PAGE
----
The latest laboratory data processed before the LRRC surgery was collected, including the complete blood count and the serum albumin and CRP levels. Serum CRP levels under 0.04 mg/L were below the detection limit of our measuring instrument; therefore, values under 0.04 mg/L were set to 0.04 mg/L for this analysis. These data were used to calculate the inflammatory markers, NLR, PLR, lymphocyte/CRP ratio (LCR), CAR, and PNI.

Statistical analysis

All categorical data were presented as number of cases and percentages, while continuous data were shown as median and interquartile range (IQR). We performed logistic regression analyses to assess correlations between the incidence of severe postoperative complications and each inflammatory marker. We then created receiver operating characteristic (ROC) curves and compared areas under the ROC curves to determine the strongest effective marker of severe postoperative complications. We performed multiple logistic regression analyses to assess the correlation between severe postoperative complications and clinical factors.

All data were processed and analyzed with JMP Pro 14.0 (SAS Institute Inc, Cary NC). Two-tailed p-values < 0.05 were considered statistically significant. We calculated the exact 95% confidence intervals (95% CIs) for absolute differences and odds ratios (ORs).

This study was performed in accordance with the Declaration of Helsinki (1975, and revised in 2008). The study protocol was approved by the Ethics Committee of Osaka University Hospital. All study participants provided written informed consent.


Clinical characteristics of the study population

Table 1 and Supplemental Table 1 show patient and primary tumor characteristics for the 99 patients. The cohort included 57 males and 42 females. The median age was 61 years [IQR 54.5–68]. The median BMI was 22.2 kg/m2 [IQR 20.2–24.1]. The majority of the patients were class 2 of preoperative physical state (n = 71; 71.7%). A total of 63 patients (63.6%) received neo-adjuvant therapy for LRRC. More than a half of the patients (n = 53; 53.5%) had chemoradiotherapy, whereas smaller numbers had chemotherapy (n = 9; 9.1%) or radiotherapy alone (n = 1; 1.0%). About primary tumor characteristics, more than 40% of the primary tumors were located in the lower rectum (n = 45; 45.6%). Regarding the T stage of the primary tumors, the majority of patients was T3 or T4 (T3, n = 48; 48.5%, T4, n = 35; 35.4%). About half of the patients had lymph node metastasis in the primary cancers (N1, n = 26; 26.3%, N2, n = 21; 21.2%). Adjuvant chemotherapy for the primary cancer was given to more than half of the patients (n = 56; 56.6%).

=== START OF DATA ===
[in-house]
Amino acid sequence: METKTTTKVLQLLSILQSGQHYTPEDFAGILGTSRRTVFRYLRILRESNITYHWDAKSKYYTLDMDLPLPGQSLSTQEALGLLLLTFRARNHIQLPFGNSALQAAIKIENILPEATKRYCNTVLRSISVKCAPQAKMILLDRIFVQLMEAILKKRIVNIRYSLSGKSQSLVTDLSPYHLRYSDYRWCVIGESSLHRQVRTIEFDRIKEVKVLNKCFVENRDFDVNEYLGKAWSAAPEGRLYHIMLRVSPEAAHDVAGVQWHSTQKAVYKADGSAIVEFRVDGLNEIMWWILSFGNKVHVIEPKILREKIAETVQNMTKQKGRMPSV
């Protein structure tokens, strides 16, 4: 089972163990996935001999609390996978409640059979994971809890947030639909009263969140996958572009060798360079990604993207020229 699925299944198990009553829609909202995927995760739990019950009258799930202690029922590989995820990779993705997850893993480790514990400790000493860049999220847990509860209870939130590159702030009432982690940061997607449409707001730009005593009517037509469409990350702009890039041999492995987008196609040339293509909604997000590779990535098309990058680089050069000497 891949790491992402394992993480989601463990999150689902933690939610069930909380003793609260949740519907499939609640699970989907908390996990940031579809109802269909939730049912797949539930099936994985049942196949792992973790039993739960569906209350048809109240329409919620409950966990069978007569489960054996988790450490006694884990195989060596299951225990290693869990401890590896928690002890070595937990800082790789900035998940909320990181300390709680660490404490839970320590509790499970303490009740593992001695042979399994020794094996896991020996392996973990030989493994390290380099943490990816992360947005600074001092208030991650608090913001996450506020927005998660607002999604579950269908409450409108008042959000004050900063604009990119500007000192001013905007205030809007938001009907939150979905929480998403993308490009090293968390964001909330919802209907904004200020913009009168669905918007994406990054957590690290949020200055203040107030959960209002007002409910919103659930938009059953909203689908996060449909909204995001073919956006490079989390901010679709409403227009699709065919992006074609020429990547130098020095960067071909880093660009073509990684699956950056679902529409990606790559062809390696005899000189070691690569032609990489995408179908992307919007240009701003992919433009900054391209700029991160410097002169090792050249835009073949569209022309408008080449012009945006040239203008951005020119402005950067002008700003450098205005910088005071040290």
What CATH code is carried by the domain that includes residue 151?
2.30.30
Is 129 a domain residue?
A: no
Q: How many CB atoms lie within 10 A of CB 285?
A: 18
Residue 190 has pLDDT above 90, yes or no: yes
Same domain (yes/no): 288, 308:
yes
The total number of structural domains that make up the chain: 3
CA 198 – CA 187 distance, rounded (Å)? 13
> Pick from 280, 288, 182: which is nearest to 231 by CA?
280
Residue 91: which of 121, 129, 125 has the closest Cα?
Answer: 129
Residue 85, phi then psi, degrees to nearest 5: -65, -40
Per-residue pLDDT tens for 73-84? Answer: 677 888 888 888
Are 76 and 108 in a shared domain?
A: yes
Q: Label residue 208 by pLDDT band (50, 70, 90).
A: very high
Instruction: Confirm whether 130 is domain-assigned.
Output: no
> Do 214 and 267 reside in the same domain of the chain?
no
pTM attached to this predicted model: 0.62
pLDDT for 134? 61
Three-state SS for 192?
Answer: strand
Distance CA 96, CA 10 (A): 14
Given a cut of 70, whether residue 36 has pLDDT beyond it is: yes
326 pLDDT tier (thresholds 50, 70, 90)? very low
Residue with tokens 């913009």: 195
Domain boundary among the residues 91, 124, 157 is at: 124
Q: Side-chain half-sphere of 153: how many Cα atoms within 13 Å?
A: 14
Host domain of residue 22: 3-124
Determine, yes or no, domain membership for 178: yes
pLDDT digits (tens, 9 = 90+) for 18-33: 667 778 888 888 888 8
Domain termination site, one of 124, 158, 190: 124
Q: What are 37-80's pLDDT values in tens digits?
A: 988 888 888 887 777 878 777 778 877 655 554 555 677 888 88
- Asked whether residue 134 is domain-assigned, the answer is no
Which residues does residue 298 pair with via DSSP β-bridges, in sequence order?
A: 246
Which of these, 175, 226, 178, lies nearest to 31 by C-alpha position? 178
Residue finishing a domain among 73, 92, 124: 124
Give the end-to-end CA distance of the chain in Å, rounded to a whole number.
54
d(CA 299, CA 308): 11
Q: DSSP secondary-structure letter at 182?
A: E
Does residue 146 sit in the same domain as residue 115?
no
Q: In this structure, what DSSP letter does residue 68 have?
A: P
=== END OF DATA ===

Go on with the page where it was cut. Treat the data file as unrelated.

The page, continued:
Table 1

Clinical characteristics of the patients with locally recurrent rectal cancer


Patients (n = 99)

Patient characteristics


Male sex, n (%)

57 (57.6%)

Age at surgery (years), median [IQR]

61 [54.5–68]

BMI (kg/m2), median [IQR]

22.2 [20.2–24.1]

ASA classification (1/2/3/unknown), n


Neo-adjuvant therapy

63 (63.6%)

Chemoradiotherapy, n (%)

53 (53.5%)

Chemotherapy alone, n (%)

9 (9.1%)

Radiotherapy alone, n (%)

1 (1.0%)

Values are the number of patients, unless indicated otherwise. IQR: interquartile range; BMI: body mass index; ASA: American Society of Anesthesiologists

Preoperative laboratory data and inflammatory makers of the study population

Table 2 shows the preoperative laboratory data results for the 99 patients. Regarding complete blood count, the median numbers of neutrophils, lymphocytes and platelets were within normal range. The median level of serum albumin (g/dL) was lower than normal value (value = 3.8 [IQR 3.4–4.1]). The median level of CRP was within normal range (value = 0.09 [IQR 0.04–0.46]. The inflammatory markers were calculated from the blood test data and each median value was as follow: NLR, 3.1, PLR, 232.5; CAR, 0.026; LCR, 11417.3; and PNI, 42.8.

Table 2

Preoperative laboratory data and inflammatory makers in 99 patients with locally recurrent rectal cancer



CBC, median [IQR]


Neutrophils (/µL)

3391.6 [2446.9–4440.0]

Lymphocytes (/µL)

1082.1 [764.6-1464.2]

Platelets (x104/µL)

24.1 [20.5–28.1]

Serum level, median [IQR]


Albumin (g/dL)

3.8 [3.4–4.1]

CRP (mg/dL)

0.09 [0.04–0.46]

Inflammatory markers, median [IQR]


Neutrophil/lymphocyte ratio

3.1 [2.3–4.4]

Platelet/lymphocyte ratio

232.5 [156.5-340.5]

lymphocyte/CRP ratio

11417.3 [2526.4-22872.9]

CRP/albumin ratio

0.026 [0.010–0.124]

Prognostic nutritional index

42.8 [38.4–46.8]

CBC: complete blood count; IQR: interquartile range; CRP: C-reactive protein

Operative details of the study population

Table 3 displays the intraoperative data for the 99 patients. The majority of the patients (n = 79; 79.8%) underwent a laparotomy and the rest of 20 patients (20.2%) underwent laparoscopic surgery. Regarding the type of surgery, the most common procedure was a tumorectomy or lateral lymph node dissection (n = 44; 44.4%) and a TPE was performed in 22 patients (22.2%). More than 40% of the patients (n = 40; 40.4%) underwent a combined sacral resection. The median operation time was 680 min [IQR 438–871], and the median intraoperative blood loss was 2850 mL [IQR 530–5240]. In histopathological outcome, the complete resection rate (R0) was 93.9% (n = 93).